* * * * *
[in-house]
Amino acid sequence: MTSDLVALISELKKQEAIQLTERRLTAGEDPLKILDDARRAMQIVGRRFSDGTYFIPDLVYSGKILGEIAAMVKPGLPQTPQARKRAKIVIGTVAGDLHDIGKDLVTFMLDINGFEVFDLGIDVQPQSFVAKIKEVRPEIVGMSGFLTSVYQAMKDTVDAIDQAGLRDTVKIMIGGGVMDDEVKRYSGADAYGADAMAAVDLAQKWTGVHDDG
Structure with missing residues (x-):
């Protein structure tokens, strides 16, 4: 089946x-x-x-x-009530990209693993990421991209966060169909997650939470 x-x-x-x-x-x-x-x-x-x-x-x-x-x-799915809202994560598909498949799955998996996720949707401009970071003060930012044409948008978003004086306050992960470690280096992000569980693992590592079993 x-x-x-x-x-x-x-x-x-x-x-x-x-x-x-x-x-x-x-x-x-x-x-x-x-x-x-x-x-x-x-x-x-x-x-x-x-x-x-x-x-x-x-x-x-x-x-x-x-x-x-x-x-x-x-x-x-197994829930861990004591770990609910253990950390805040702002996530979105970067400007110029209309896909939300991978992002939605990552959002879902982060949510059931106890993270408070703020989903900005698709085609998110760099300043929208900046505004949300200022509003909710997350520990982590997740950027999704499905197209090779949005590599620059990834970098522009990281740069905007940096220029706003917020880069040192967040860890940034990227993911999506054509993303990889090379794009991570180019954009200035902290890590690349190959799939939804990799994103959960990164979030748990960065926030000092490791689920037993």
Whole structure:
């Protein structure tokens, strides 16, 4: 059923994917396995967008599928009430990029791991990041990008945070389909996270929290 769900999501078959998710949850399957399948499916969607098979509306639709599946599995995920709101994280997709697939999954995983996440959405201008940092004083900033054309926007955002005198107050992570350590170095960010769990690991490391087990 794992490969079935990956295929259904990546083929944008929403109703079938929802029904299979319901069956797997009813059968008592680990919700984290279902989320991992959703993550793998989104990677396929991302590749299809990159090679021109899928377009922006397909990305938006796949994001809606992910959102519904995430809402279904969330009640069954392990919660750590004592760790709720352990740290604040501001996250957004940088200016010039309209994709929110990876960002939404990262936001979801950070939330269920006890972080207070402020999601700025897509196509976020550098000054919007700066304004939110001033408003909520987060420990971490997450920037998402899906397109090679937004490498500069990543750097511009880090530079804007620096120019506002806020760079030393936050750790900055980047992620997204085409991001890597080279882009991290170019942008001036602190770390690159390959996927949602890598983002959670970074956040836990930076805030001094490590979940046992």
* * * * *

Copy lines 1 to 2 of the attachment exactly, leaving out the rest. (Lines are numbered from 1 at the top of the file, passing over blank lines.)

[in-house]
Amino acid sequence: MTSDLVALISELKKQEAIQLTERRLTAGEDPLKILDDARRAMQIVGRRFSDGTYFIPDLVYSGKILGEIAAMVKPGLPQTPQARKRAKIVIGTVAGDLHDIGKDLVTFMLDINGFEVFDLGIDVQPQSFVAKIKEVRPEIVGMSGFLTSVYQAMKDTVDAIDQAGLRDTVKIMIGGGVMDDEVKRYSGADAYGADAMAAVDLAQKWTGVHDDG